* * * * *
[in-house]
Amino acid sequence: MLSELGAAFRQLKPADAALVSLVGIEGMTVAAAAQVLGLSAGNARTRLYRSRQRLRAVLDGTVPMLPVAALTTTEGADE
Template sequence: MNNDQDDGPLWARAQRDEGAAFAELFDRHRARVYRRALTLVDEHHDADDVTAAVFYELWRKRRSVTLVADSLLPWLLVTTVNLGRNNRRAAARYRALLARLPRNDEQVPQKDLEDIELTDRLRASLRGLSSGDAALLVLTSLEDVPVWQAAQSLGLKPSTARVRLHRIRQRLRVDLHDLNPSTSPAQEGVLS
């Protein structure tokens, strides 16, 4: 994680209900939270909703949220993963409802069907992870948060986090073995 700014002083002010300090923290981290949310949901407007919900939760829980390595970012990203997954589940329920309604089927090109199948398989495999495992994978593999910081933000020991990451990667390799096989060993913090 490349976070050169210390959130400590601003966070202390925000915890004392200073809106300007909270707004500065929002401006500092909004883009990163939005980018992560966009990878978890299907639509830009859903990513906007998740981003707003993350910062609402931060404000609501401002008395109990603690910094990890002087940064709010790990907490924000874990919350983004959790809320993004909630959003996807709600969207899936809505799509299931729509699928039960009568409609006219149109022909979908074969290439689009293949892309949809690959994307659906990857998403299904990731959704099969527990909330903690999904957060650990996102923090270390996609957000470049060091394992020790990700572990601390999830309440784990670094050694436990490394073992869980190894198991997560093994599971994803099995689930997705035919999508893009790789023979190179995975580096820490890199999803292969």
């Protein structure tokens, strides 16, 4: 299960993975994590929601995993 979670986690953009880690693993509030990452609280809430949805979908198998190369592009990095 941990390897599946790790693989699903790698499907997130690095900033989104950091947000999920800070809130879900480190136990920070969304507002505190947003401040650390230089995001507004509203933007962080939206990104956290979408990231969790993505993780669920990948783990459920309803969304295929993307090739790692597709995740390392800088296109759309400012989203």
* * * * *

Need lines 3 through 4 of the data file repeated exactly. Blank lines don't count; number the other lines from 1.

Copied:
Template sequence: MNNDQDDGPLWARAQRDEGAAFAELFDRHRARVYRRALTLVDEHHDADDVTAAVFYELWRKRRSVTLVADSLLPWLLVTTVNLGRNNRRAAARYRALLARLPRNDEQVPQKDLEDIELTDRLRASLRGLSSGDAALLVLTSLEDVPVWQAAQSLGLKPSTARVRLHRIRQRLRVDLHDLNPSTSPAQEGVLS
């Protein structure tokens, strides 16, 4: 994680209900939270909703949220993963409802069907992870948060986090073995 700014002083002010300090923290981290949310949901407007919900939760829980390595970012990203997954589940329920309604089927090109199948398989495999495992994978593999910081933000020991990451990667390799096989060993913090 490349976070050169210390959130400590601003966070202390925000915890004392200073809106300007909270707004500065929002401006500092909004883009990163939005980018992560966009990878978890299907639509830009859903990513906007998740981003707003993350910062609402931060404000609501401002008395109990603690910094990890002087940064709010790990907490924000874990919350983004959790809320993004909630959003996807709600969207899936809505799509299931729509699928039960009568409609006219149109022909979908074969290439689009293949892309949809690959994307659906990857998403299904990731959704099969527990909330903690999904957060650990996102923090270390996609957000470049060091394992020790990700572990601390999830309440784990670094050694436990490394073992869980190894198991997560093994599971994803099995689930997705035919999508893009790789023979190179995975580096820490890199999803292969």